China would push forward with yuan convertability in an orderly manner and broaden the use of the currency in cross-boarder trade settlement, he added. And Wen reiterated that the government would further diversify its huge $3.18 trillion foreign exchange reserves."We should explore a multi-layer investment channel for our foreign exchange reserves and further improve the skill of managing the reserve assets by steadily diversifying the investment to maintain safety, liquidity and preserve and increase its value," he said. SUPPORT FOR ECONOMIC INNOVATION The Premier said China's financial institutions must step up support for key areas of economic structural adjustment, for projects aimed at saving energy and reducing pollution, and for indigenous innovation. Beijing has unveiled a slew of tax breaks to help cash-strapped small firms cope with rising costs and has also allowed them to issue more bonds and tap other sources of financing to ease the funding squeeze. China's big four state-backed lenders are criticised by small and medium-sized business owners for directing the bulk of their lending capacity to major state-owned enterprises. Bank lending in China is essentially rationed by the government, which sets an annual lending target and decides how much credit can be created in the economy. China has set a target of 8 trillion yuan ($1.27 trillion) in new local-currency bank loans and 14 percent growth in broad M2 money supply for 2012, three sources familiar with government plans told Reuters earlier this month. That marks a rise from 7.47 trillion yuan in new bank loans and annual M2 growth of 13.6 percent achieved in 2011, implying a further loosening of policy by the People's Bank of China to support the economy as growth loses steam and inflation cools.

Us climate finance in limbo, risking trust gap before paris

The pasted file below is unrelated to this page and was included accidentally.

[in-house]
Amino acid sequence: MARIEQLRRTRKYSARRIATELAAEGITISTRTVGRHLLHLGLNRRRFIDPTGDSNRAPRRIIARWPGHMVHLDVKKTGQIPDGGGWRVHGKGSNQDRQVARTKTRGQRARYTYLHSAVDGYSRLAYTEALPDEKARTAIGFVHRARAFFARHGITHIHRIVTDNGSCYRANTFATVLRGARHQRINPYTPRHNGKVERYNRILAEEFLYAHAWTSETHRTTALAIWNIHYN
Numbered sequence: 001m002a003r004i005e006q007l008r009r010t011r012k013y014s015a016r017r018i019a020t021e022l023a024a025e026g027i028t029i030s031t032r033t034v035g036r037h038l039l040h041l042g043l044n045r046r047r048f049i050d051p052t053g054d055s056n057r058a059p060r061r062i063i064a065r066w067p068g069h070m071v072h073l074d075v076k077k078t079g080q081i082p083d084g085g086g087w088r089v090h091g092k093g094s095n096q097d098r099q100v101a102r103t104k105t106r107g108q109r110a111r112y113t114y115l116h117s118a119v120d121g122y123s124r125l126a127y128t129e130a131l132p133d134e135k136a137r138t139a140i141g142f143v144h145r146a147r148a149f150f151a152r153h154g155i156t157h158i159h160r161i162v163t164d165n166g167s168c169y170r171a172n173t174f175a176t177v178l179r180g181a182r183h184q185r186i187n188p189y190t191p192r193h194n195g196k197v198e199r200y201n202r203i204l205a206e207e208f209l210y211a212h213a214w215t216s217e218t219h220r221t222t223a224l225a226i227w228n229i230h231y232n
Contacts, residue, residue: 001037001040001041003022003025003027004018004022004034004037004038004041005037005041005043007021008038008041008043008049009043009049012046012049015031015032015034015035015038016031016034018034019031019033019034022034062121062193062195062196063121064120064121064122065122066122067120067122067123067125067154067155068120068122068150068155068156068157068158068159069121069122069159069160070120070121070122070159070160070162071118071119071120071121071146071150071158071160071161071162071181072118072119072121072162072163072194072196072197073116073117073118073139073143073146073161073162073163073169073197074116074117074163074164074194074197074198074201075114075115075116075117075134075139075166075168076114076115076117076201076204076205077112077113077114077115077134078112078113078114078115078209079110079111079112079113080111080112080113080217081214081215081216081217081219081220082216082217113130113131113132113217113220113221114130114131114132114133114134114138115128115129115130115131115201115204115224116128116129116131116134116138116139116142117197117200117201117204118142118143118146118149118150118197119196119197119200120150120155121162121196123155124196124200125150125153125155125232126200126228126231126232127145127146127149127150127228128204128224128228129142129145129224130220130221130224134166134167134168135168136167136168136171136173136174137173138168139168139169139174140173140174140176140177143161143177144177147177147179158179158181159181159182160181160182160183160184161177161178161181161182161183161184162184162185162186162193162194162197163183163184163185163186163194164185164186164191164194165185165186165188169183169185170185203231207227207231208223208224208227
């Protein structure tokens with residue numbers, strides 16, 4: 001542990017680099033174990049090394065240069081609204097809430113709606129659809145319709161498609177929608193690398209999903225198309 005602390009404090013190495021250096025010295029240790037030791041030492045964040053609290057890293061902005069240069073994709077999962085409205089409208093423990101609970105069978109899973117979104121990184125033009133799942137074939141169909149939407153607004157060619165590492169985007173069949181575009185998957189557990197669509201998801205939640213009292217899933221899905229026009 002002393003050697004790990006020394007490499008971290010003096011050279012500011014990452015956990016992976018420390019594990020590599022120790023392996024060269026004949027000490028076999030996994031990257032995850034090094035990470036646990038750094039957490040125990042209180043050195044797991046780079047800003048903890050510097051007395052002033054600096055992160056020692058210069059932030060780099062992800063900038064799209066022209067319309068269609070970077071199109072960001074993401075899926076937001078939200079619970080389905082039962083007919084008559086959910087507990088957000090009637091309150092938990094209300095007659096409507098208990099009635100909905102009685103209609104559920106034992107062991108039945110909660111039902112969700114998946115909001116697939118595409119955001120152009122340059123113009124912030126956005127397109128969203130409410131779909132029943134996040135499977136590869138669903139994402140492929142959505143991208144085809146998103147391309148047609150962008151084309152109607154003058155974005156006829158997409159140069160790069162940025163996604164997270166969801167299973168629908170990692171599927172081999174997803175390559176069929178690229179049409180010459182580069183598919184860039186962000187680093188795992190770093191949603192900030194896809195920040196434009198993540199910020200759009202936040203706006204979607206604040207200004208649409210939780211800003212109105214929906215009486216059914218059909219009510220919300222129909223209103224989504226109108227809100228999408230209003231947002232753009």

A looming federal budget confrontation and Republican hostility to UN global-warming talks threaten a U.S. down payment into a key climate-aid fund, money considered vital to a climate deal in Paris this December. President Barack Obama had requested $500 million in the 2016 budget for the first tranche of its $3 billion pledge into a UN-administered Green Climate Fund (GCF) that would help poorer countries make a transition to clean energy technologies and adapt to climate change. But Congressional Republicans have vowed to oppose that spending request, and the wider dispute between the President and Republicans over the federal budget has raised the possibility that Obama will not be able to guarantee that U.S. funding before the December summit. Some U.S. officials have started to warn island states and developing countries - among the fund's main potential beneficiaries - of the looming shortfall. The fund is seen as a down payment by rich countries toward a longer-term climate finance package that would total $100 billion a year by 2020, an amount that developing nations say is a condition for them to sign onto any deal in Paris that would reduce global carbon emissions. So far, 43 percent of the $10.2 billion pledged to the climate fund has not been fulfilled, with the United States responsible for most of that shortcoming."If there's not a firm commitment to financing, there will be no accord, because the countries of the (global) south will reject it," French President Francois Hollande said this month. A U.S. State Department official told Reuters that meeting its funding pledge is a "key administration priority" and said its ability to convert it into an actual contribution is "key to advancing U.S. interests globally.""We are working intensively with Congress to make this appropriation happen," the official said in a statement. But with just two months left before the Paris talks the funding faces stiff resistance.